Bizarre combinations aside, it's still paradise here
Published 15 January 2006 News Review 652nd article
Michael with, from left, Millar, and managers Pownall and Peters (Geraldine Lynton-Edwards)
Oscar Wilde wrote: "To lose one parent may be regarded as a misfortune; to lose both looks like carelessness."
What might Oscar have said about the Sandy Lane hotel, Barbados? Since last year they've lost their general manager, Colm Hannon, to Ireland; their executive chef, Richard Ekkebus, to Hong Kong; a sous chef, Max Sciuto, to Monte Carlo; their pastry chef, Jean-Luc Vila, went I know not where; and, most significantly for me, the beaming, burly Bajan Blue restaurant manager, Franklyn Browne, quit.
So where I was cossetted by four chefs and one superb restaurant boss I was reduced to two chefs - the admirable Didier Jacob (soon leaving!) and pastry chef Bernard Charles.
Marcel Driessen, the new executive chef, should star in a remake of The Invisible Man. His predecessor, Richard Ekkebus, helped host the room as well as being a culinary heavyweight. Driessen, when present, looked into space as if meeting a guest was like a silver cross to a vampire.
To his credit, the food remained excellent. Even though occasionally bizarre. One lunch had chicken and shrimp curry as the main hot dish. That night the Indian buffet featured beef curry plus the chicken and shrimp.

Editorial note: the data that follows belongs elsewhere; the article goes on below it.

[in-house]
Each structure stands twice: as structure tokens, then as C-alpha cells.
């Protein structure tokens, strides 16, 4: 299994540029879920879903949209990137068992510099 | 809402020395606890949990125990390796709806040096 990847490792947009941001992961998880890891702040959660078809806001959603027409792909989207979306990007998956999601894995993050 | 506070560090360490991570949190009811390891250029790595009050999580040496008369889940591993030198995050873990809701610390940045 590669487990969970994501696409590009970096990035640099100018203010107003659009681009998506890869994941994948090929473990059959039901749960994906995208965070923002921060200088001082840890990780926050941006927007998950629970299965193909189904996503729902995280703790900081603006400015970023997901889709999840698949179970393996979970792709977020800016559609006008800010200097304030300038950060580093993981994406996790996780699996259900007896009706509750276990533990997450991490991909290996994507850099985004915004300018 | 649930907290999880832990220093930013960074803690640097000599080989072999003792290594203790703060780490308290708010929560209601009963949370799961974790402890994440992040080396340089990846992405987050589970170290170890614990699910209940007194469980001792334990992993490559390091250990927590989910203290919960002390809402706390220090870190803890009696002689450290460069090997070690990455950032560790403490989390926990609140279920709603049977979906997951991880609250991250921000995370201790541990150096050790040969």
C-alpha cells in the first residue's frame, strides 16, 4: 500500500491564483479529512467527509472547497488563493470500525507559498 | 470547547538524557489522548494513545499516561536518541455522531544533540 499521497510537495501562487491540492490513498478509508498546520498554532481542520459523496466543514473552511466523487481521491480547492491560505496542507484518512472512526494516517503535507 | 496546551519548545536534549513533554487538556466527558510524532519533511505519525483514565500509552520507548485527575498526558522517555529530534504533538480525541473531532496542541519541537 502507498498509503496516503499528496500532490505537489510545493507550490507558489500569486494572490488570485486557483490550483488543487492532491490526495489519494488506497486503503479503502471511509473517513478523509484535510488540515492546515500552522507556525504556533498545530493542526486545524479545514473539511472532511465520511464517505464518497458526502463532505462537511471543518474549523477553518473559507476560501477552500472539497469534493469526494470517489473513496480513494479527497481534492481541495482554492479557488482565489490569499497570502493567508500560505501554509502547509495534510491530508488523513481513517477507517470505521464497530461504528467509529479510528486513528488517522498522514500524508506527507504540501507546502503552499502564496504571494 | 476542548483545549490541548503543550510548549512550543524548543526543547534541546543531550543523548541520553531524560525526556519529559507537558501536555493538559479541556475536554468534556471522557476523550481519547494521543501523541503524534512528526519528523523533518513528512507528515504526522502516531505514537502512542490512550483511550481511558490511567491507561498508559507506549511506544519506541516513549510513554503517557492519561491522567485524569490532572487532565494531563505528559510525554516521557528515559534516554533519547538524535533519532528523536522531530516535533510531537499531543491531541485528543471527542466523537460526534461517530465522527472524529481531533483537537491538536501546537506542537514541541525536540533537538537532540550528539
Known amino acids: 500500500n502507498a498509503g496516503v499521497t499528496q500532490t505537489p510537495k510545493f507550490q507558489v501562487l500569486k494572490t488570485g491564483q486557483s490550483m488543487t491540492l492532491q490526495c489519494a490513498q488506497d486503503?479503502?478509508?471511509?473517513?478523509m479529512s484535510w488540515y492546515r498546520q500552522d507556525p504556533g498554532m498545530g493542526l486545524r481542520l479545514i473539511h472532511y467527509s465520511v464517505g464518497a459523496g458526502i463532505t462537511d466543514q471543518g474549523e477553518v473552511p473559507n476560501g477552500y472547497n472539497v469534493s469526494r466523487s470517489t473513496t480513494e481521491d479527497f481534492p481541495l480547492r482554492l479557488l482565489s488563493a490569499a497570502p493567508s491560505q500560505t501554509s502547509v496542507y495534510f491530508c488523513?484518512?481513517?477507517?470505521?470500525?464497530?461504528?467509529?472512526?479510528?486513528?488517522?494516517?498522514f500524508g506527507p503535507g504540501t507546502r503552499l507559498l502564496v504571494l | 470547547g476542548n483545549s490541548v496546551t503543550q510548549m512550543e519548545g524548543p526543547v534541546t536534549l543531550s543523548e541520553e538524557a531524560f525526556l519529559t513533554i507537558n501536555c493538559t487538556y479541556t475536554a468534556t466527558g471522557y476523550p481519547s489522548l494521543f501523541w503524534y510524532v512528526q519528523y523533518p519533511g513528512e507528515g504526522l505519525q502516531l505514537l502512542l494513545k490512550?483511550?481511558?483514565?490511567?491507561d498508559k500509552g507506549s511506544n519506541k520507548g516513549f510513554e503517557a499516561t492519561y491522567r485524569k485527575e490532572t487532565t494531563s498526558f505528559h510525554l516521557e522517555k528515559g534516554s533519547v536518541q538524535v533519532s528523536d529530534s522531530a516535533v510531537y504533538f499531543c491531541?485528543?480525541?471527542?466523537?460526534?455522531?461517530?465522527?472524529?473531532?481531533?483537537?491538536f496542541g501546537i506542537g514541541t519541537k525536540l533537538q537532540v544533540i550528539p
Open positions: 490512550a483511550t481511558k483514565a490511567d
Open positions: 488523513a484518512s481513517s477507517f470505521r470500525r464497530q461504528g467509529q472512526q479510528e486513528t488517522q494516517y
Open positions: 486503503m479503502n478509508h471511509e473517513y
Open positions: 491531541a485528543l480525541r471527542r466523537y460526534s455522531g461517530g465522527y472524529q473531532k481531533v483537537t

"Why serve curry for both lunch and dinner?" I asked Mr Driessen.
He thought. Then responded absurdly: "It wasn't curry at lunch!"
"I'm not very bright," I confessed, "but I can recognise curry. It's one of my few food abilities." Thereafter the will to communicate abandoned me.
Another distinguished guest remarked (note I include myself as "distinguished"): "The food's fine but Driessen's no good at mix and match." Who else would serve roast duck without apple sauce? Or have a lobster barbecue with the only sauces on offer: tomato ketchup, mustard, barbecue sauce and hot Bajan sauce! No sign of butter or garlic butter, the normal accompaniments.
A good manager is desperately needed for the beachside Bajan Blue restaurant. My regular choice for breakfast, lunch and dinner. They produced an English lady, Helen McBride, who might, if she tried hard, manage a tea shop in Norfolk. One guest commented, unkindly but accurately: "It looked like her clothes came from Oxfam on a bad day."
The first evening Helen asked: "Is there anything you want, Mr Winner?"
"At breakfast I always have orange and grapefruit slices," I replied. They're normally beautifully displayed in circles on the plate. The next morning I got just grapefruit, which looked as if it had been tipped from a tin.
In contrast Bajan Blue's chef, Didier Jacob, produced Alaskan wild salmon, which was the best I've ever tasted; also luscious Kobe beef from Japan and other greats. Sous chef Reginald Sealy did a marvellous cottage pie.
Pastry chef Bernard Charles a spectacular treacle sponge pudding, a delicious jam tart, sensational mince pies and, daily, a lovely fruit jelly. As you can see, I'm a highly sophisticated eater.
The new chief executive, Michael Pownall, improved as time went on. He's the only hotel manager for decades not to be in the lobby to greet me on arrival. He came late and out of breath. A day later I was sitting at lunch and Pownall saw me from the bar. He never came over. He was dreadful at greeting the guests.